Blogs weigh in on the clemency decision

The most interesting are the contrarian opinions – Jaded JD, Will Vehrs, Jim Bacon, Chad Dotson, I. Publius, and James Young all agreed with Governor Warner’s decision. Meanwhile, the only people I’ve seen who seem to disagree are Walt Ball and Too Conservative. Meanwhile, Atomopawn enters the following comment:

On the other hand, there is a time and a place for executions. While Haru is right that “it’s better for a thousand to go free than one innocent to be executed” it’s not THAT much better. Justice and punishment go hand in hand. If we stop killing criminals altogether, crime WILL increase. [my emphasis added]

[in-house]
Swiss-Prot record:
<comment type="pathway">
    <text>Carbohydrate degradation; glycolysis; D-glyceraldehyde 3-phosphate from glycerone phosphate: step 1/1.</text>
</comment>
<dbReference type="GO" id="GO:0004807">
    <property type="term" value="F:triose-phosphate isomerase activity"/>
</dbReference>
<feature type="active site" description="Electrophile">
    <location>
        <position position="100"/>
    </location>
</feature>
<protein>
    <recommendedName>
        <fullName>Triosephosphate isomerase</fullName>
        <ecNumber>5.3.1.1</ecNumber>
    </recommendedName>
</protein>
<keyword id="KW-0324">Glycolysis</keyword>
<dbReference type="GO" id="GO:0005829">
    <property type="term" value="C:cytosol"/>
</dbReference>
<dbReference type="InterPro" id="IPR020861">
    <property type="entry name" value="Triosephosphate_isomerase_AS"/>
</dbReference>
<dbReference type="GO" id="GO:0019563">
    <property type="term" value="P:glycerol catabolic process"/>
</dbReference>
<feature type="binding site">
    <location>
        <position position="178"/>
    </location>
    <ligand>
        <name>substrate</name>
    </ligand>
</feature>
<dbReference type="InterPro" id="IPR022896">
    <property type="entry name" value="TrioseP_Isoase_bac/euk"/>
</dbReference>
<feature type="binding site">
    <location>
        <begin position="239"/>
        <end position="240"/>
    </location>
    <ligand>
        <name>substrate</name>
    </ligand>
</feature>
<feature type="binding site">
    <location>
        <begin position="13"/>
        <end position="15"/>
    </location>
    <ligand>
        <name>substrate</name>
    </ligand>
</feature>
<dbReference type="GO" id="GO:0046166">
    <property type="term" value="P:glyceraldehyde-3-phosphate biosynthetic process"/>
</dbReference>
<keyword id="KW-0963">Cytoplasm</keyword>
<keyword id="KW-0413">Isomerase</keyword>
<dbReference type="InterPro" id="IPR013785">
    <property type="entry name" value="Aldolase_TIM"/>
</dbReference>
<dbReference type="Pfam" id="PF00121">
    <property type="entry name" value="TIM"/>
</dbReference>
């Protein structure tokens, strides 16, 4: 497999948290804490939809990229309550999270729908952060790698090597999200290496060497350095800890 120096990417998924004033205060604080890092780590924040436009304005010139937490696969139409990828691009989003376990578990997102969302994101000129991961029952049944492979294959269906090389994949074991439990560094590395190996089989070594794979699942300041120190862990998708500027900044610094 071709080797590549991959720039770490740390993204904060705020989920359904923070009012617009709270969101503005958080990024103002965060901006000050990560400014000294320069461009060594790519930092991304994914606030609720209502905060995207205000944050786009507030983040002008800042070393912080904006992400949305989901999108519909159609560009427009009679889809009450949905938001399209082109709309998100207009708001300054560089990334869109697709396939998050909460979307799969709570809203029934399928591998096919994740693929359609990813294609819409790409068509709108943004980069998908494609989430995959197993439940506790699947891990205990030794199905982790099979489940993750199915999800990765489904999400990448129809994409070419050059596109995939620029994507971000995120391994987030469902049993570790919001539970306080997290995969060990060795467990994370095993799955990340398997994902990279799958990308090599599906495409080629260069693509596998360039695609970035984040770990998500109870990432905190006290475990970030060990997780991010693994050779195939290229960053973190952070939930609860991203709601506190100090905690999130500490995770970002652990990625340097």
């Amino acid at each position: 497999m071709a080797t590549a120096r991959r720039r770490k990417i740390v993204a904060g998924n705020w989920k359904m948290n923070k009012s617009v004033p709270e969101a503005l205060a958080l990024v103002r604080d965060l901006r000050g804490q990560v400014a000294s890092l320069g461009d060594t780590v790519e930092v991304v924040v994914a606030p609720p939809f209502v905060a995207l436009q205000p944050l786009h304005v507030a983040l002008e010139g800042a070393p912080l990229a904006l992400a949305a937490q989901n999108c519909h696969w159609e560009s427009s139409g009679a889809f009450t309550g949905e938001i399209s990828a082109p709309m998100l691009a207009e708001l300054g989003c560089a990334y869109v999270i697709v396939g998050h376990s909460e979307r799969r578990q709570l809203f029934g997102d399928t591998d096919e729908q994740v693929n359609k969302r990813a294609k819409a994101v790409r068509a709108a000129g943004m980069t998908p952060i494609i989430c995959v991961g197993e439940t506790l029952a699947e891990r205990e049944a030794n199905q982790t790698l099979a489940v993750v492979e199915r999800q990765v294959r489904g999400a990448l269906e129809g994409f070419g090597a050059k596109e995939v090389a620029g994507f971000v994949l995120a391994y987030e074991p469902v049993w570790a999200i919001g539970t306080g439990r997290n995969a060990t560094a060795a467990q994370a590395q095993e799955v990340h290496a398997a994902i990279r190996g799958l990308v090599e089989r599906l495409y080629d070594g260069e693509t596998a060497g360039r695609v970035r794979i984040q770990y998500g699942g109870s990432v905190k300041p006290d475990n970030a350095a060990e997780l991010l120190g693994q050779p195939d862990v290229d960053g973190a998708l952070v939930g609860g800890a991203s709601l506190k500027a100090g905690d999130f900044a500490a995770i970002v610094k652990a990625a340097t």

Will it? I support the death penalty, because I don’t really care if murderers are put to death. Why the heck not, I say? But can anyone really tell me how “crime WILL increase” if the death penalty is abolished? The common arguments for deterrance: 1. Fear – Since the death penalty is only used on really violent murders, here’s the logic we have to use: The death penalty instills fear in potential criminals who would have murdered someone and then mutilated them if the penalty was only life in prison and constant rapings from inmates, but they reconsidered and murdered someone in a less distasteful manner (maybe with pills or with a gun from really far away), because death is worse than constant rapings. 2. Societal norms – If the government establishes a death penalty as an ultimate penalty for the worst of all crimes, this tells everyone that “Society will not tolerate murder!” This “ultimate moral” is instilled in the subconscious every child in states that have the death penalty (citizens who grow up in states without the death penalty tend to still believe that murder is bad, but their negative opinion of murder is not quite as strongly held as people who grow up in states with the death penalty). That’s why states without the death penalty have more murders than states that…wait…there are no stats to back that assertion up… Anyway, like I said, my support for the death penalty could be best summed up as “well sure…why the heck not?” But when someone’s guilt is even slightly in question, I’m certainly going to support clemency. PS: The death penalty was strengthened today, not weakened, as some have asserted.